Answered by Martin Holladay, GBA Advisor
Posted Mon, 12/03/2012 - 14:37

4.
Helpful? 0

Jonathan, I'm working on a similar renovation project, still in the design phase. If we can get the envelope tight and well-insulated enough, we will use an air source heat pump. For various reasons, including the up-front budget, I am not confident that we will get there. The backup plan is to use a small Rennai direct-vent space heater.

In order to make the decision you need to know what the energy use will be. If you don't know how to do an energy model, hire someone to help you. The model won't be 100% accurate but it will give you a good idea of the heating load. In a cold climate, air source heat pumps work best when they have plenty of time to defrost between heating cycles. A super-insulated and air-sealed structure is key, and a bit of south-facing glass, if at all possible, will help.

You also have to decide whether or not you want to burn fossil fuels on site. With natural gas available at the street it's tempting, but it's not necessary. With a heat pump you can plan to add PV panels in the future when you have some spare cash available; the ROI can be pretty reasonable but it can be phased in if cash isn't available right now.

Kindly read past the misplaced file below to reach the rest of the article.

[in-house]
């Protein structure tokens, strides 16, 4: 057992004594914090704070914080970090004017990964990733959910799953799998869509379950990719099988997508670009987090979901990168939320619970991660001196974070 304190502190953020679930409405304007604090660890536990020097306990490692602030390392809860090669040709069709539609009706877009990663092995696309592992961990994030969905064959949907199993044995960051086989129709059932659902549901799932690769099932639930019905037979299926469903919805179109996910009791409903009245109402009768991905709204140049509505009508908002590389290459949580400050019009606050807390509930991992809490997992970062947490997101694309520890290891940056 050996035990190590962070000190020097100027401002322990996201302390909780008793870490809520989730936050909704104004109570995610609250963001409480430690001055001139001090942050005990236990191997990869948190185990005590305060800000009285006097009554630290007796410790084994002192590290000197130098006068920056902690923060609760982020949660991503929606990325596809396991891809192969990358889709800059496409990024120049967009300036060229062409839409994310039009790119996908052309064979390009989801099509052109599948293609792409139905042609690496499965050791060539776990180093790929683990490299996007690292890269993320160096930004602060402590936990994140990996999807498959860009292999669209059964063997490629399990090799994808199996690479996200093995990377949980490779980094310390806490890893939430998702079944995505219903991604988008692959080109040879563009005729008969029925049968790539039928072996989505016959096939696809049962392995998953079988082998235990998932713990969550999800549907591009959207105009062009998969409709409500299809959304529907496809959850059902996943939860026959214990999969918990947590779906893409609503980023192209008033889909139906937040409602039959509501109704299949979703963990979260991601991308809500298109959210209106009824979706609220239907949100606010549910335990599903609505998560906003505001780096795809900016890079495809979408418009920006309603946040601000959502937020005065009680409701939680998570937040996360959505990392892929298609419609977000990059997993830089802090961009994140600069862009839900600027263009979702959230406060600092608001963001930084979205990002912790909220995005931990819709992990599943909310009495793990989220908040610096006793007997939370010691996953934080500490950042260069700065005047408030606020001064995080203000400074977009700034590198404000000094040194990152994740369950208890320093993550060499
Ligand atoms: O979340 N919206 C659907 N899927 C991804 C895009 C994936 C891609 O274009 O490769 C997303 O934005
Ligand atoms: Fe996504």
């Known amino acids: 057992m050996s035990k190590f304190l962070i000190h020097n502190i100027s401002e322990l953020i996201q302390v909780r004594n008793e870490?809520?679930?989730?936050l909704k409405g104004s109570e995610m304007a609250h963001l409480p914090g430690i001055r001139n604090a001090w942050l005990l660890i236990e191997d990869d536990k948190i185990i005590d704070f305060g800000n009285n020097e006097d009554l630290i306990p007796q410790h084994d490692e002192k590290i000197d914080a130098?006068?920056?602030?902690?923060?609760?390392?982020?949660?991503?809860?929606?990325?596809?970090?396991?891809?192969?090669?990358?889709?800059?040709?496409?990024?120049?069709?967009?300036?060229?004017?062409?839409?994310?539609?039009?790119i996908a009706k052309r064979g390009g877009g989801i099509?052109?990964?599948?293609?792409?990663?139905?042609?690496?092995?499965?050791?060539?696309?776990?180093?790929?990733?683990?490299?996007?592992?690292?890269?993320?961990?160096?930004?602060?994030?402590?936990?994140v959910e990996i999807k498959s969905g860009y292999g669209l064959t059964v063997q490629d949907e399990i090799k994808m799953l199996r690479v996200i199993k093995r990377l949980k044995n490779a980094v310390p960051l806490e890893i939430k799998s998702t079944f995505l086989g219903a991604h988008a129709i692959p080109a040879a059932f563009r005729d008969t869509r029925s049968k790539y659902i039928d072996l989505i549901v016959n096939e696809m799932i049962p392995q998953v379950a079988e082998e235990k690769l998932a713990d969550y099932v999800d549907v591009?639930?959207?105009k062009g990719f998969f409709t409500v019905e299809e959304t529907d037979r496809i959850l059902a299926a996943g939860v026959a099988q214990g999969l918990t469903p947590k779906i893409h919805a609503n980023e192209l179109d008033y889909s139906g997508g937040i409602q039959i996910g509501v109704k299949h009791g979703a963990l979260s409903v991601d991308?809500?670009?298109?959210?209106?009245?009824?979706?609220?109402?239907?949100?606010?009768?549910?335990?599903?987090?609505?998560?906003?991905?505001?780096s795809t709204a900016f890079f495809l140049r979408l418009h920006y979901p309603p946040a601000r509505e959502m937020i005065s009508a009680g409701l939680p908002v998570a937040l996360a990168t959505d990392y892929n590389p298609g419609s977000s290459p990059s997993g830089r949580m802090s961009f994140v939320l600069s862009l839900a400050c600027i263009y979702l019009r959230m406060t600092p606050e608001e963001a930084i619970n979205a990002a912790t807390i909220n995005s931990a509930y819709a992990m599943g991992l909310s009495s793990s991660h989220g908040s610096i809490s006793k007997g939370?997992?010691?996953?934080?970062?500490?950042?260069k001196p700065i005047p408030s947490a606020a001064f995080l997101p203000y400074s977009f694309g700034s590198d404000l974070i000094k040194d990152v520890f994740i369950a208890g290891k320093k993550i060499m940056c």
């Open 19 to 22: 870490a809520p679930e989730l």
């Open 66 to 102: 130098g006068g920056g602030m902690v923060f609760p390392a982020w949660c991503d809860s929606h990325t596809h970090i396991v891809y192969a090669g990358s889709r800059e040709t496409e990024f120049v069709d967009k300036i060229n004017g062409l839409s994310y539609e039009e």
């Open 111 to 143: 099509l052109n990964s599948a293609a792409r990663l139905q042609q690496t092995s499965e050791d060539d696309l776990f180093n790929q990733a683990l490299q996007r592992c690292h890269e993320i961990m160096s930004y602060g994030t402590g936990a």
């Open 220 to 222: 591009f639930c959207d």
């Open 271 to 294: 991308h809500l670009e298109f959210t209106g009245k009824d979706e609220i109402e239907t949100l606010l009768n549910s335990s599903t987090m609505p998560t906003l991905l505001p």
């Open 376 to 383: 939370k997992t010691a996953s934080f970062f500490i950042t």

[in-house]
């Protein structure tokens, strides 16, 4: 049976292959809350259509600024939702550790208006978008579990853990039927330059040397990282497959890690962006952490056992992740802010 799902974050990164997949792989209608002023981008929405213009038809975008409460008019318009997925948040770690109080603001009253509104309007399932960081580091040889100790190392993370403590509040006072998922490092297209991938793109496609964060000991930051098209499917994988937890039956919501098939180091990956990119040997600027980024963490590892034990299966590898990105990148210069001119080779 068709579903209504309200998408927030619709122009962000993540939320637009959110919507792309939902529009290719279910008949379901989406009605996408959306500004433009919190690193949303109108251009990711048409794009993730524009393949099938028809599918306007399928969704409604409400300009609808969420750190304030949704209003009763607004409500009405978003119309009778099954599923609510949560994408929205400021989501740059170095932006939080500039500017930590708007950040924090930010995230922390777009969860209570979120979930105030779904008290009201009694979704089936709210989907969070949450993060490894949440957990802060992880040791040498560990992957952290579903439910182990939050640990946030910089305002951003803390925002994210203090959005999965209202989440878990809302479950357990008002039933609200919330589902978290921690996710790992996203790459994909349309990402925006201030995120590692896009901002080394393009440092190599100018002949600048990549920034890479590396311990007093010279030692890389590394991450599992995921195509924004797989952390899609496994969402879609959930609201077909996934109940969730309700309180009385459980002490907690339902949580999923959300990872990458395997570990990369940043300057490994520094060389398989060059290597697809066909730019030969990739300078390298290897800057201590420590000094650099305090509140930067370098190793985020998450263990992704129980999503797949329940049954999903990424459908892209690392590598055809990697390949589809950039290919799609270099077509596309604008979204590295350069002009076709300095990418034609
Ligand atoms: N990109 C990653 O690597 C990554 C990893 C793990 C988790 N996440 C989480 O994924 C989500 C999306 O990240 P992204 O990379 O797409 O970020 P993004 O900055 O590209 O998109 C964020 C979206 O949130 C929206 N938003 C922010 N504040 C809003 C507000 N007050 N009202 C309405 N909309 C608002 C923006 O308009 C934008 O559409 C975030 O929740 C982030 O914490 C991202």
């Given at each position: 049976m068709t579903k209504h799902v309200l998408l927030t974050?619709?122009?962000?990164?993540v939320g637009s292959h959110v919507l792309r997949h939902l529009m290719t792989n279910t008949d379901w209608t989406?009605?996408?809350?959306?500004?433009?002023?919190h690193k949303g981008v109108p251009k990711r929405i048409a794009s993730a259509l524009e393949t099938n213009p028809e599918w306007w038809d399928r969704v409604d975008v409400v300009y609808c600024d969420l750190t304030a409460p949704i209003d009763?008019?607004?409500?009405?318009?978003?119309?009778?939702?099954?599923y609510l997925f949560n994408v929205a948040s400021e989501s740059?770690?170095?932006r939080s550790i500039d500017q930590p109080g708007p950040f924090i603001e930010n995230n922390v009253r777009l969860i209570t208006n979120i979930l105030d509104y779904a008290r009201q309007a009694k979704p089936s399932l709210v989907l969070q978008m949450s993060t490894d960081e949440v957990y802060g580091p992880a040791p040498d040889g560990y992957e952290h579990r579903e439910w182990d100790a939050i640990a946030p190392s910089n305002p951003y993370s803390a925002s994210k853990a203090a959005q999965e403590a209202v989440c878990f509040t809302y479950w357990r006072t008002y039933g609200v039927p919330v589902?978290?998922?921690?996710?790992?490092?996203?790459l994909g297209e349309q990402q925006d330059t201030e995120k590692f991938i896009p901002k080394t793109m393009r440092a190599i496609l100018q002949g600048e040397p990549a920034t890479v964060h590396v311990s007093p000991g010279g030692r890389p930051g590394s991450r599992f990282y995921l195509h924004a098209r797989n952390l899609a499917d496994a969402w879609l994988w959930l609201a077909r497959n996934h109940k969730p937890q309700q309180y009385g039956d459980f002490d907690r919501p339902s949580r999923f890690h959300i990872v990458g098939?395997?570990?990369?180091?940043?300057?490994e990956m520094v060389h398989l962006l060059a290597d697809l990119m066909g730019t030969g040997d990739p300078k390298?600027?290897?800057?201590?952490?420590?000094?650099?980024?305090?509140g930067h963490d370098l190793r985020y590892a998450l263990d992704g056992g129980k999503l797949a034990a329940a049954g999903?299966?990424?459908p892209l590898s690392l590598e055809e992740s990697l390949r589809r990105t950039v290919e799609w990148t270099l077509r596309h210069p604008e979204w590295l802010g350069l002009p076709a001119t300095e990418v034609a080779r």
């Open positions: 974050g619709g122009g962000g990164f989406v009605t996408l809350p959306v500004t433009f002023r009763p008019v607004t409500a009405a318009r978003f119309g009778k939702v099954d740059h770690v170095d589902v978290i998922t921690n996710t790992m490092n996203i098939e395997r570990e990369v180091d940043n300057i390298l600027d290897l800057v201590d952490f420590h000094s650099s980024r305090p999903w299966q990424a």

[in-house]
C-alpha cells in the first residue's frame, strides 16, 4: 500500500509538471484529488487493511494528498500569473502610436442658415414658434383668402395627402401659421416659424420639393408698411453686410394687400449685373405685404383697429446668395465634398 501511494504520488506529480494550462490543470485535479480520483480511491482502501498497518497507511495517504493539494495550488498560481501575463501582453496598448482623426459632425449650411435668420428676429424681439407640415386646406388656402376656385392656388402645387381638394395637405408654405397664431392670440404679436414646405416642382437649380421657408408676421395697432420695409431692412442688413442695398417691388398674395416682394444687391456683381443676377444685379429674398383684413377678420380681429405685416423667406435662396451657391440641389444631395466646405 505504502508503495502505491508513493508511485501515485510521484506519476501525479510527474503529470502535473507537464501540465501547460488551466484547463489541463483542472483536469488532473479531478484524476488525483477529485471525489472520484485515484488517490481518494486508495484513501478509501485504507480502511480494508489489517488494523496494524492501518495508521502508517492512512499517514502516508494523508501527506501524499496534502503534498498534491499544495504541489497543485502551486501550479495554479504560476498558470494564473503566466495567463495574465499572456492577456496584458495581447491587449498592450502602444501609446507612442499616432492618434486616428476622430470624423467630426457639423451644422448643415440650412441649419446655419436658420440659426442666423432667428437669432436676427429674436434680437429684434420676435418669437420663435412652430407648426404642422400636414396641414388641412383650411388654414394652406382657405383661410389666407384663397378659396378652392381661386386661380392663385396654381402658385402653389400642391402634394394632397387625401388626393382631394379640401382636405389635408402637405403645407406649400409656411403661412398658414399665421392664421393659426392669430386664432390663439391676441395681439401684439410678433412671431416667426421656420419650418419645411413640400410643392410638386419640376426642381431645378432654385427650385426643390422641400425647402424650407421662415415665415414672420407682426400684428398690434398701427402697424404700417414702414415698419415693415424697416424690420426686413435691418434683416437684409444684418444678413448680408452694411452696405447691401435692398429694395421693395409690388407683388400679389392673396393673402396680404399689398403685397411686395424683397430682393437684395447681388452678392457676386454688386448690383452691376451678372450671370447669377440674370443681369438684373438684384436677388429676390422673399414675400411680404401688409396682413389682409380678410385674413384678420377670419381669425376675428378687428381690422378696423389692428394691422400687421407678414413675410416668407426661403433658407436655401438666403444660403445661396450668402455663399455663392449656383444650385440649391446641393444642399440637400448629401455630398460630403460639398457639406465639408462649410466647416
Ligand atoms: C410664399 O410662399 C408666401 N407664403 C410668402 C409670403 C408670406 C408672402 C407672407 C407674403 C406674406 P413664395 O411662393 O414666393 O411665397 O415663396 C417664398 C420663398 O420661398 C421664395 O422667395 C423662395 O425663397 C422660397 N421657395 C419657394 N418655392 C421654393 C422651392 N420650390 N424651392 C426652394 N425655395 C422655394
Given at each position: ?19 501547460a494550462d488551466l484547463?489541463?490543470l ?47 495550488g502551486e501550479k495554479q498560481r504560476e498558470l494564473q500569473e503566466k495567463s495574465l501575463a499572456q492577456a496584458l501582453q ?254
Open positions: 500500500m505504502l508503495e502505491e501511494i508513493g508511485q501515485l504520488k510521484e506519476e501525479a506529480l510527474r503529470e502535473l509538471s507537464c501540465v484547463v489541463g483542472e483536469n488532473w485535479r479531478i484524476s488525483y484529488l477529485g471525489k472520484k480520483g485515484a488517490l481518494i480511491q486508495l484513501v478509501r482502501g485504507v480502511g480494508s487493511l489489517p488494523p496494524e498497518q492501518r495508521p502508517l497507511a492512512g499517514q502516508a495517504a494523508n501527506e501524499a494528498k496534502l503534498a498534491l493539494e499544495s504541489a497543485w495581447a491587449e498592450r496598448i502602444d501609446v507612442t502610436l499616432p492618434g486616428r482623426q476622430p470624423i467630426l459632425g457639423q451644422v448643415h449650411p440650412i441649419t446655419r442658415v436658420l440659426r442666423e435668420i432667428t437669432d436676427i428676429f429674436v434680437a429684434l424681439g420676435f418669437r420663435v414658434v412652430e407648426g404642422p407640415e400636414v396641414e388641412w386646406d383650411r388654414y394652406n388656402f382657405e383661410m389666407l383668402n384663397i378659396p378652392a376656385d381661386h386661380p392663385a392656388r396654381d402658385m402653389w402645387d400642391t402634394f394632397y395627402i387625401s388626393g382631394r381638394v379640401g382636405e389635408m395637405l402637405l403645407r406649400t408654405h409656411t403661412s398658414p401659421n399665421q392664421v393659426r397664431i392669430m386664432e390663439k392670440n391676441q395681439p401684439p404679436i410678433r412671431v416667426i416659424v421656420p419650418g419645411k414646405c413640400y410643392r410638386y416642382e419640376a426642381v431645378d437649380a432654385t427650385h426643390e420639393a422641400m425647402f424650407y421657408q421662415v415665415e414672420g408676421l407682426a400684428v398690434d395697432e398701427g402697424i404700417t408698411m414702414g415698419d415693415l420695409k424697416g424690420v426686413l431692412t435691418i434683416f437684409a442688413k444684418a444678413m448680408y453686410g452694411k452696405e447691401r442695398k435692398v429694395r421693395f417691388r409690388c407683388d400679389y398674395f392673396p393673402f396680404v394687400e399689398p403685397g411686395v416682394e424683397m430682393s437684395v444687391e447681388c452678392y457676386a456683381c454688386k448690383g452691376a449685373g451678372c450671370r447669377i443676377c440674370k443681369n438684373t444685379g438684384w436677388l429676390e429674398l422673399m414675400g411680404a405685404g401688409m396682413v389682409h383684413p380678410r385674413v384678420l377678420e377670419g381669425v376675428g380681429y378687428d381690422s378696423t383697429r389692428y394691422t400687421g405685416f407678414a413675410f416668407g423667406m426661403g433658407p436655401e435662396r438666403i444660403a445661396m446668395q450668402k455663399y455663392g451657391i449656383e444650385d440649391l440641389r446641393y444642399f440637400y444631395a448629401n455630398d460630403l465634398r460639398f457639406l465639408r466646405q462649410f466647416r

Answered by michael maines
Posted Mon, 12/03/2012 - 16:03

5.
Helpful? 0

Even building to a MA residential code min for insulation and air tightness you'd be able to heat a place that size with a 3/4 ton mini-split. Most 3/4 ton ductless will put out about ~14-15KBTU/hr at +5F, which is below the 99% design temp for the Boston burbs. (+5F exactly the 99% number for Worcester.) If you get a good one (HSPF > 10) the heating costs would be about the same as with natural gas, and you'd have air conditioning.

If you have reasonable shading factors and can orient the pitch of the roof optimally for PV, at the current MA and Federal combined subsidy (including the SREC market kickback) the simple payback is under 10 years for 2-5kw systems. With even a 4:12 roof pitch snow will glide off the smooth surfaces of PV panels on the first day of sunshine- you don't lose much wintertime uptake due to snow. The real PV bonanza is in June-July anyway, which hasn't been a very snowy part of the year lately... ;-)